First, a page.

Friday, December 30, 2011

*Happy* New Year.

People of Chennai, there's news for you!

Good news: you get a hell of a long weekend for new year's!
Bad news: you see there's this *stormy* little thing called Thane...


Tuesday, September 13, 2011

Humour & I...

...go back a long way. We are the long-lost siblings, separated at a Kumbh mela many years ago. That's why the first song that I am really proud of (meaning I don't wince when someone listens to it in my presence) is this:

This has nothing to do with the current state of my hair. I have had no problem in that department thanks to my parents' genes. The only care I take for my hair is letting them be, with just a trim here & there. They flourish best when no hair products are hoisted on to them.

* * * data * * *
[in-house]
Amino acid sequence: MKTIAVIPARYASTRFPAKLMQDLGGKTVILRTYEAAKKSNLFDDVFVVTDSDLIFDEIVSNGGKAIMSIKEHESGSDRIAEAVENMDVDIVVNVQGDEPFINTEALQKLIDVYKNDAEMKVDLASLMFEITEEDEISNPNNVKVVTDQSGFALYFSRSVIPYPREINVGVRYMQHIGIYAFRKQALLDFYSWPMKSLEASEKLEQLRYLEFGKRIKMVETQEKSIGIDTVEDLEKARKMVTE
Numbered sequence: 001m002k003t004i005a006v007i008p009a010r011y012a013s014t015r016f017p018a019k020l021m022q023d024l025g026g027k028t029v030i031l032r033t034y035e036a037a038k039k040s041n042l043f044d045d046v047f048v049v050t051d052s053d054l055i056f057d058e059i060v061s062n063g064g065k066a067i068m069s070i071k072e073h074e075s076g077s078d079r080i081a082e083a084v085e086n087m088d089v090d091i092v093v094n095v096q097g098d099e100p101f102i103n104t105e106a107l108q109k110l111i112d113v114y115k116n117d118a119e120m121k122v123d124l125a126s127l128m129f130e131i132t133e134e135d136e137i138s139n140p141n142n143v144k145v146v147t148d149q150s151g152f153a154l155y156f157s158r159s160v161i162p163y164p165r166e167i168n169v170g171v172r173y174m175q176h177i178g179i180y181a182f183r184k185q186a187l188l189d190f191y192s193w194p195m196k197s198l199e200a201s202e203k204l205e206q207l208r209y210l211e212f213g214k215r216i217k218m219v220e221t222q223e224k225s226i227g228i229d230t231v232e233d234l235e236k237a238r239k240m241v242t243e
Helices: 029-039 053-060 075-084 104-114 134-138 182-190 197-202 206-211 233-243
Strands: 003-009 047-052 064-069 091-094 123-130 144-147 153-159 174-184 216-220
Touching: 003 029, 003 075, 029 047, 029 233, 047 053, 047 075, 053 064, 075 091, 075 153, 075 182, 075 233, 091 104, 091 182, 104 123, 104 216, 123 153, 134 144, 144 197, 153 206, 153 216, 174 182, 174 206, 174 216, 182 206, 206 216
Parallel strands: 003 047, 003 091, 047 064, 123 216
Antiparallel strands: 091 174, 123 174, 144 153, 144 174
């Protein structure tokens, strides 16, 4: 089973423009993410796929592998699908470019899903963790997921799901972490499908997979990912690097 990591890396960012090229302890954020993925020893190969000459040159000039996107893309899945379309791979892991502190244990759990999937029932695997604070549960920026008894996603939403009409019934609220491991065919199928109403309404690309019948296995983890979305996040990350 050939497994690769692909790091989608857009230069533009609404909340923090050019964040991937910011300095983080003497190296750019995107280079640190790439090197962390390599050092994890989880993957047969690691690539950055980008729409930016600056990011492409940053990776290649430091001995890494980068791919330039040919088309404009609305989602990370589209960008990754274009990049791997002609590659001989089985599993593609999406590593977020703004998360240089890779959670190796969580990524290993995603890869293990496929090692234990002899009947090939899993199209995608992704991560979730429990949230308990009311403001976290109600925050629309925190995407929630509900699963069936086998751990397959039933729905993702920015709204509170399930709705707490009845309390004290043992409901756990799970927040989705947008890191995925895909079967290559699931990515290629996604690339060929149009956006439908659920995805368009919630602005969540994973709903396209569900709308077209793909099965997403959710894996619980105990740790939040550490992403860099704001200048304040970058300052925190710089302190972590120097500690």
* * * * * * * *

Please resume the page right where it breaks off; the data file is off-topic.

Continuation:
But recently, this indifference was broken by a slyly crafted shampoo/conditioner ad (I don't know what it was), which convinced me that my hair wasn't "long, beautiful, shiny" enough, and the only way I could get the said attributes was by buying the product.

This song came to me while I was standing in the mall, staring at rows upon rows of "hair stuff", wondering what exactly I was doing there.

And I didn't buy anything.

Monday, August 29, 2011

Fuel-proof Senility

"..And let's look at the headlines this morning once again : the government has decided to raise the price of petrol by Rs.20 and that of.. "

Mr. Kantilal shut off the TV in disgust, wishing he could jump to his feet and stomp off on a protest on the street, as in the days of yore. Instead, he slowly stretched his feet, grabbed hold of his walking stick and crawled off the sofa.

“Where do they think the money is going to come from… do we all have trees shedding money in our backyards?.. when will they ever…”

Mrs. Kantilal tried to ignore the grumblings as long as she could. These days, there was no telling what could set him off.